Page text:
Founded by Natalie Franke, a creative and small business owner in Annapolis, Maryland, the Rising Tide Society launched its first Tuesdays Together gatherings in May of 2015. Held in 12 cities across the United States, the meetings were a way to foster community, not competition, and provide a place for entrepreneurs, creatives, and small business owners to gather and exchange ideas in a safe environment full of support and education. The Rising Tide Society is a way to build strong communities and businesses by offering the tools needed to thrive and support local non-profit organizations - enriching those around them.
As an organization, the Rising Tide Society also focuses on giving back. To date, the Rising Tide Society has raised and donated over $60,000 to non-profits and organizations including The School Sessions, U.S. Dream Academy, The Birthday Party Project, Thirst Relief and more.
Jill Gum of Jill Gum Photography founded The Springfield chapter in 2015. Eighteen21.com caught up with the now 31-year-old wife and mother of two who understands all too well the challenges that small creative business owners face. In her search to find solutions and overcome these obstacles – The Rising Tide Society was her answer.
Why did you decide to join the Rising Tide Society?
I was following one of the leaders online and the group immediately spoke to one of the small creative business owners’ largest struggles: isolation. When you own your own business, often you are the only employee, and it can be lonely. These meetings provide a setting to help solve this feeling of isolation and prevent the tendency for competition between small business owners within a local community. Instead, we focus on helping each other grow and supporting each other.
What is the group’s main purpose?
Educating and empowering creatives to thrive in the spirit of community over competition.
Where was the first meeting?
Cafe Moxo downtown in August of 2015
How large was the group when it started?
For the first six months, we typically met with just three to four members, and the Facebook members (to link us together and communicate) started with around 30 members. We were the second group to begin in Illinois after Chicago’s group.
How large is the group now?
Now, we regularly meet with 10 to 12 creatives and the Facebook community has more than 100 members. In the larger urban areas, groups often meet with 50 to 60 plus attendees monthly. There are currently 12 Illinois groups, making it the state with the most groups in the Midwest.
Where are meetings held every 2nd Tuesday of the month?
We rotate between daytime and evening meetings to meet schedule needs and usually meet on the west side of Springfield at coffee shops or lunch locations because we have Jacksonville representation and it is closer to them.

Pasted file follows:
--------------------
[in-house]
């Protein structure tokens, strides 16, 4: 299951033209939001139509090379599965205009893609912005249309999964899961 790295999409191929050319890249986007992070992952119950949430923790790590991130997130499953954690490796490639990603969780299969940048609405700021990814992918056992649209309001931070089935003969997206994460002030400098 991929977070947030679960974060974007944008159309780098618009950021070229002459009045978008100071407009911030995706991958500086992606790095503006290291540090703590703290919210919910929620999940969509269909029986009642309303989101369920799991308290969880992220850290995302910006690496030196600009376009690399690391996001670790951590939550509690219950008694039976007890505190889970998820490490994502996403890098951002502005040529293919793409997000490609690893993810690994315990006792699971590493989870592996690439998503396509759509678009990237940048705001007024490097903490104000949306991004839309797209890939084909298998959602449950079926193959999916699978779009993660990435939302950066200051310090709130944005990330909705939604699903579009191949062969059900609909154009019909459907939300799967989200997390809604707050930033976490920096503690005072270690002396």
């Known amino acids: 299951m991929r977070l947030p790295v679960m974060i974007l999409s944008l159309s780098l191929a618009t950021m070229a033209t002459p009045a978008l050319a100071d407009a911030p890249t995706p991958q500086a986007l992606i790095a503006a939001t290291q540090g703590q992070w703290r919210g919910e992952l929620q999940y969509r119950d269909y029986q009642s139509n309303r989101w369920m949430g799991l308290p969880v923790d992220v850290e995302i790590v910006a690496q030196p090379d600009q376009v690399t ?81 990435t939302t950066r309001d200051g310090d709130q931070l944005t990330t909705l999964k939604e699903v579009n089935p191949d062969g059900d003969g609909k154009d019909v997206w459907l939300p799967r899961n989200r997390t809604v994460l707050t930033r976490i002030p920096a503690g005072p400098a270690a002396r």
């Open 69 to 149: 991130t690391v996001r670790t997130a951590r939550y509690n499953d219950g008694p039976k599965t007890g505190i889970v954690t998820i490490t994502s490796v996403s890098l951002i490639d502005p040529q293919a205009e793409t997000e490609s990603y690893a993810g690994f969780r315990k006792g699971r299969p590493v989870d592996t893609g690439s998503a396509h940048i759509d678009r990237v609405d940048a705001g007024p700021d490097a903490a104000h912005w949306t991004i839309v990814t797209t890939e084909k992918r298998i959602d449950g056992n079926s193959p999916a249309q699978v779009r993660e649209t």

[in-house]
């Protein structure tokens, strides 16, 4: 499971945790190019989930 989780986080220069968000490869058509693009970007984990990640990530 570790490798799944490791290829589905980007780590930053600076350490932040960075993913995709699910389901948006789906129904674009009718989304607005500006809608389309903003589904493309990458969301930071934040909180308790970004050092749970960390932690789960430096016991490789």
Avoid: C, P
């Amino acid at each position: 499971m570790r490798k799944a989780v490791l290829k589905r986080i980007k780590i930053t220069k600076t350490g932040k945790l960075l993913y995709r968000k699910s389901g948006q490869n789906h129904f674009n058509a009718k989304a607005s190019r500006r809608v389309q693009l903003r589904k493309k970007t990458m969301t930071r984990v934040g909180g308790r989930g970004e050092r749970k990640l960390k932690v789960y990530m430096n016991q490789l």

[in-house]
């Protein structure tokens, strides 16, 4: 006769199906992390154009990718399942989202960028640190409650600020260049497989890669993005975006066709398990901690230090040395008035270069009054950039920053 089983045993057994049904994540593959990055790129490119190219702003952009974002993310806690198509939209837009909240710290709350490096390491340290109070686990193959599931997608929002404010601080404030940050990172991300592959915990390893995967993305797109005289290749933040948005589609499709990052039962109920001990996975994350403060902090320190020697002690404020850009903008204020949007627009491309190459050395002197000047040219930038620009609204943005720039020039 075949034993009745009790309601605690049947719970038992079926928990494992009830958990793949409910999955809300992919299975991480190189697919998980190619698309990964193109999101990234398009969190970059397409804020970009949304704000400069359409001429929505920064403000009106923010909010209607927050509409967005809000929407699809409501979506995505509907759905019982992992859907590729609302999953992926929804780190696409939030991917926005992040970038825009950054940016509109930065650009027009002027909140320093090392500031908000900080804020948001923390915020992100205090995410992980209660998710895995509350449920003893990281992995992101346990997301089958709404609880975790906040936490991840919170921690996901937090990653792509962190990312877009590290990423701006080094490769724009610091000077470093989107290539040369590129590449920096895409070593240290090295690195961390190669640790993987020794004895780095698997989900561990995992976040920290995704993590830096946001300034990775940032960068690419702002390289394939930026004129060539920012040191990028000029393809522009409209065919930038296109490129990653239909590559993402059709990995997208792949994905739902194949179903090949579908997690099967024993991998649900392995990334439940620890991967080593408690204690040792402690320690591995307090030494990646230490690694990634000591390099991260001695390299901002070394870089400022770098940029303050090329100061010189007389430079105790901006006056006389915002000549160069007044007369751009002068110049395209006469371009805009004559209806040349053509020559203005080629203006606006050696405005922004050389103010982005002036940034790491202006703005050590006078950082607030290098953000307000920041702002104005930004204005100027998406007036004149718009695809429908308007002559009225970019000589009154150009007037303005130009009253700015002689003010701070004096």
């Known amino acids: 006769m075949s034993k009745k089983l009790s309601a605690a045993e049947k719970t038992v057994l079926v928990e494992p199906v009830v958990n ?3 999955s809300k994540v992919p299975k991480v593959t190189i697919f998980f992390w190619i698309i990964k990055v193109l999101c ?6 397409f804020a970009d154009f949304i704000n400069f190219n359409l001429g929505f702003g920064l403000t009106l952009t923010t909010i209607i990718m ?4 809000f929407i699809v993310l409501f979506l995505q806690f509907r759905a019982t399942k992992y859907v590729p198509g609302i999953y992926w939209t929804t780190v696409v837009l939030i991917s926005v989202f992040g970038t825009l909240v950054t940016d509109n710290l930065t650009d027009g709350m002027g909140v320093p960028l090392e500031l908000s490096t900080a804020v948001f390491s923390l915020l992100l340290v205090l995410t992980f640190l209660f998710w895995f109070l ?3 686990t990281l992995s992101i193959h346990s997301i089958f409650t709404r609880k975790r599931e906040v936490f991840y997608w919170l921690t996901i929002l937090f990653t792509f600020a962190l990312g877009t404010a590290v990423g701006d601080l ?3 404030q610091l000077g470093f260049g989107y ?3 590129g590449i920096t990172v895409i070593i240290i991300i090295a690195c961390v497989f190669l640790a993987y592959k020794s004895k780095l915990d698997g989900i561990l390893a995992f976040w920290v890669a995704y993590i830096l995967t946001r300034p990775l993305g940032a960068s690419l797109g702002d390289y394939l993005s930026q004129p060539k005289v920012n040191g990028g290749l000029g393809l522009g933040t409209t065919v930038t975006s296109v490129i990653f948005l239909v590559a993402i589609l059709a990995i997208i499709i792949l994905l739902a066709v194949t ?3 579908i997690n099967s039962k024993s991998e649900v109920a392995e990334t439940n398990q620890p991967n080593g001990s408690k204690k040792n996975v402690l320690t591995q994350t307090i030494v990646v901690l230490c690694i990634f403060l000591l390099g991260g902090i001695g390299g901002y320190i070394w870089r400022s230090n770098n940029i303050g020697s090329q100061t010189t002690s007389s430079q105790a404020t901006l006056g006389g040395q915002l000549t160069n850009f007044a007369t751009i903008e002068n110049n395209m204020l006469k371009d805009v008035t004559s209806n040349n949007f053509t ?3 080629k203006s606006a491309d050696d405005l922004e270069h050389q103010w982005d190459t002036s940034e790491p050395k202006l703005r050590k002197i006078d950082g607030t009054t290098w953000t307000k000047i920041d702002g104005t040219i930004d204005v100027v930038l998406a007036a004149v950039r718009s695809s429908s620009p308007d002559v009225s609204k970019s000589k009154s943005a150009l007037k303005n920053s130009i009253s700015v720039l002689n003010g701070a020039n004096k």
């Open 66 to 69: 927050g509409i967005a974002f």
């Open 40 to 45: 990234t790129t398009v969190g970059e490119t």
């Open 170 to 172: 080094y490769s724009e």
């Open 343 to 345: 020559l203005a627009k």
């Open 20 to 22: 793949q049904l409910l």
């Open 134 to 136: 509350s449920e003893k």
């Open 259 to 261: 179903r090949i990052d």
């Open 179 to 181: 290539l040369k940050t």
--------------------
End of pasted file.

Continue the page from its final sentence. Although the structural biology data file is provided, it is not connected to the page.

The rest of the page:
Who is involved in the group?
Photographers, wedding venue owners, salon owners, DJs, a cooking studio owner, and other small business owners usually make up our meetings. In our Facebook community and worldwide, there are also florists, wedding planners, bloggers, artists, etc. It is not specific to the wedding industry, though many small creative business owners do come from that sector.
What does the group discuss?
Each month, there is a new topic and PDF to guide leaders through what we can expand on. Some topics have been: client experience, marketing, using social media to grow your business, accounting and bookkeeping and productivity.
How does the Springfield Rising Tide Society give back to the local community?
The larger Rising Tide Society raises a lot of its donations by hosting various educational opportunities for small creative business owners, and the local group has promoted that. One example is volunteering and serving meals during Thanksgiving.
What events have the group has been a part of or hope to be a part of?
We are very interested in using our creative skills to give back in any way we can, but as small business owners have struggled to find the time or specific need for events. We are interested in expanding this.
What do you believe is the biggest perk of being a part of this movement?
Feeling like you have co-workers who are supporting you and helping you in an industry that didn’t typically allow that for most of us.
Are there any criteria that those interested in joining must meet?
They must be small creative business owners that believe in creating community and helping others instead of being in competition with others.
How would someone interested in joining apply?
Just search for the Springfield Tuesdays Together group on Facebook, and make sure their profile has info about what they do that fits into the small creative business category (to ensure that they meet the criteria).
Photo credit: Jill Gum